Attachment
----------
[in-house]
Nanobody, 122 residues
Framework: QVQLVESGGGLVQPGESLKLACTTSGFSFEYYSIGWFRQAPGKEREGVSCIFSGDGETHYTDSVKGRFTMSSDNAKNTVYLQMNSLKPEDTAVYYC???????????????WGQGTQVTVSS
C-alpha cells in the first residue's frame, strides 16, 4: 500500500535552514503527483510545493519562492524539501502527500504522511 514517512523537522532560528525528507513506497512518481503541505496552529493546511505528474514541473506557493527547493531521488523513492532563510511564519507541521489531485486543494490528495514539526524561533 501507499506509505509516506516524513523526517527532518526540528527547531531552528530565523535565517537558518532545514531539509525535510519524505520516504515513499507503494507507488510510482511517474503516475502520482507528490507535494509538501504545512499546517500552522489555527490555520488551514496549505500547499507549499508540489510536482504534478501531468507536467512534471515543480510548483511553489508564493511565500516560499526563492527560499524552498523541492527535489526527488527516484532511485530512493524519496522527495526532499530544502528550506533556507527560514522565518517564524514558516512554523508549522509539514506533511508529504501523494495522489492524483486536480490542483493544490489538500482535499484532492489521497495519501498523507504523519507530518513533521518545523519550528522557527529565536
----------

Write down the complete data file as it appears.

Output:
[in-house]
Nanobody, 122 residues
Framework: QVQLVESGGGLVQPGESLKLACTTSGFSFEYYSIGWFRQAPGKEREGVSCIFSGDGETHYTDSVKGRFTMSSDNAKNTVYLQMNSLKPEDTAVYYC???????????????WGQGTQVTVSS
C-alpha cells in the first residue's frame, strides 16, 4: 500500500535552514503527483510545493519562492524539501502527500504522511 514517512523537522532560528525528507513506497512518481503541505496552529493546511505528474514541473506557493527547493531521488523513492532563510511564519507541521489531485486543494490528495514539526524561533 501507499506509505509516506516524513523526517527532518526540528527547531531552528530565523535565517537558518532545514531539509525535510519524505520516504515513499507503494507507488510510482511517474503516475502520482507528490507535494509538501504545512499546517500552522489555527490555520488551514496549505500547499507549499508540489510536482504534478501531468507536467512534471515543480510548483511553489508564493511565500516560499526563492527560499524552498523541492527535489526527488527516484532511485530512493524519496522527495526532499530544502528550506533556507527560514522565518517564524514558516512554523508549522509539514506533511508529504501523494495522489492524483486536480490542483493544490489538500482535499484532492489521497495519501498523507504523519507530518513533521518545523519550528522557527529565536